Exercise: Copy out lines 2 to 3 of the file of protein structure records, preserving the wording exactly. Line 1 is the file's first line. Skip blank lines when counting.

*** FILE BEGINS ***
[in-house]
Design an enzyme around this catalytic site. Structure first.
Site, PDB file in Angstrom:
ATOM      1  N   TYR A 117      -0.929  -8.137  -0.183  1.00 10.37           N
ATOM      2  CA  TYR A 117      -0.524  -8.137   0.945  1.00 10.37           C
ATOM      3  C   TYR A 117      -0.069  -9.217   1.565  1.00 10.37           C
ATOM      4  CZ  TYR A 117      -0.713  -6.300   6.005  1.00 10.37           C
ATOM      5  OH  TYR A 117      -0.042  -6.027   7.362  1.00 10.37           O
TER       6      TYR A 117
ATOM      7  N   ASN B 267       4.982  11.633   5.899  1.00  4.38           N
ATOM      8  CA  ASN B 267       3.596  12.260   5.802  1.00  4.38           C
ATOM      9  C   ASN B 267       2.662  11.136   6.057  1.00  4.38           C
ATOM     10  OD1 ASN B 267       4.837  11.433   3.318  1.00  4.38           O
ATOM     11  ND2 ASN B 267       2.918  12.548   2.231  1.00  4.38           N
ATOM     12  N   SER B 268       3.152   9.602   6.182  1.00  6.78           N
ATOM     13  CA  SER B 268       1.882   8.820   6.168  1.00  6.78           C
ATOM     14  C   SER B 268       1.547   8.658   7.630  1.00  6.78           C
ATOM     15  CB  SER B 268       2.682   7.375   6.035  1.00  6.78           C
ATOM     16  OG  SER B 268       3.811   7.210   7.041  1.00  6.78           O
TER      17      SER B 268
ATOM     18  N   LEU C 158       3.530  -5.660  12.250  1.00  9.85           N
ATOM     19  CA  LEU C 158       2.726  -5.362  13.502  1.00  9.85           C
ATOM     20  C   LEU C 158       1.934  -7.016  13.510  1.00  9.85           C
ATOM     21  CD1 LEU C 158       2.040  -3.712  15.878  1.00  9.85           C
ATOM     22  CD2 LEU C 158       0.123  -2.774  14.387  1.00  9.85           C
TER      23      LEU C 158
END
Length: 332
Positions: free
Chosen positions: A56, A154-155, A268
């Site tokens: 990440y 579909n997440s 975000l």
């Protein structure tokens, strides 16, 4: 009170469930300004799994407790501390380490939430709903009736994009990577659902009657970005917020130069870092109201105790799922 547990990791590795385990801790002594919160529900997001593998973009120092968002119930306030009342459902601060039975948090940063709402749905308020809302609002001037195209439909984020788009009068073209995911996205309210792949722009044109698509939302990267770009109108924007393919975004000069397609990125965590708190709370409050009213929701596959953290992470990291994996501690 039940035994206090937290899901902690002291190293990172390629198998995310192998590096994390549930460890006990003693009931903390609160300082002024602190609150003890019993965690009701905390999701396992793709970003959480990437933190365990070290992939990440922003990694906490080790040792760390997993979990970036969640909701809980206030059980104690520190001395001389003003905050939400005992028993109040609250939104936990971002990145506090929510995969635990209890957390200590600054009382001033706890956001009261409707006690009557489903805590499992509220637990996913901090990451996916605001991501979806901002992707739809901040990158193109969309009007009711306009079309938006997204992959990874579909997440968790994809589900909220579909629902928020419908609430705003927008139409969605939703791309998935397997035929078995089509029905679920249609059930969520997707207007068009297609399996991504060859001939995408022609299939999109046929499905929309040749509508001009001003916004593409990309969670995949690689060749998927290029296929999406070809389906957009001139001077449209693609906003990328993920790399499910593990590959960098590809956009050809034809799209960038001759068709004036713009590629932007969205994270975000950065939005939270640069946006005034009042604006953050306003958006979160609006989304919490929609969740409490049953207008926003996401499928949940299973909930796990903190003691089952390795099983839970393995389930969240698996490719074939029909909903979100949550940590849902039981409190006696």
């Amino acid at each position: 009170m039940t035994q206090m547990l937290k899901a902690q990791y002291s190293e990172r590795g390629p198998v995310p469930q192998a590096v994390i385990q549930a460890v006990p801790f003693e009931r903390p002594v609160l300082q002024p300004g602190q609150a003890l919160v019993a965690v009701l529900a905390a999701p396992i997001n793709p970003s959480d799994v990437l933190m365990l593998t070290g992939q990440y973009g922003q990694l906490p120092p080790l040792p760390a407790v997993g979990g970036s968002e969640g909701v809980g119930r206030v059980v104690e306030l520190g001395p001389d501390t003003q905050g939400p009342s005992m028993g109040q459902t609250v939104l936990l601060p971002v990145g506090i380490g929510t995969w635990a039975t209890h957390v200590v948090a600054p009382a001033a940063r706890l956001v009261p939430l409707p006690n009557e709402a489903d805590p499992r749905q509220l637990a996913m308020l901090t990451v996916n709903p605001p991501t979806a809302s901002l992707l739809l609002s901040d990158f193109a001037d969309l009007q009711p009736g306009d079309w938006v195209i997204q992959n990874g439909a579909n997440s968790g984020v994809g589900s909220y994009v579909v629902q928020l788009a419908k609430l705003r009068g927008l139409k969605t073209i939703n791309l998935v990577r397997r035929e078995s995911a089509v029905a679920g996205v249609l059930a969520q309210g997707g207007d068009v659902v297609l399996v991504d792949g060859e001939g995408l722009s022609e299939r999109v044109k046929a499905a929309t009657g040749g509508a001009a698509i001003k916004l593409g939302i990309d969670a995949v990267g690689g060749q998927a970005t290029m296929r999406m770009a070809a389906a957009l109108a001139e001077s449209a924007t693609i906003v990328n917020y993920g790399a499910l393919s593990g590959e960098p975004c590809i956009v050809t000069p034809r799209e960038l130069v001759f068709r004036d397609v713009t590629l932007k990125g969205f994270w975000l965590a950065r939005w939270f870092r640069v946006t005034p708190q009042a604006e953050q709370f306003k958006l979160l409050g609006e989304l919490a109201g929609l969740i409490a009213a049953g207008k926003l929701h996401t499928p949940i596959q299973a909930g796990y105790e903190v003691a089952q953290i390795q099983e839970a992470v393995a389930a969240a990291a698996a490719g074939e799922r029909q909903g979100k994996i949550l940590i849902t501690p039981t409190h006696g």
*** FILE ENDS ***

Design an enzyme around this catalytic site. Structure first.
Site, PDB file in Angstrom: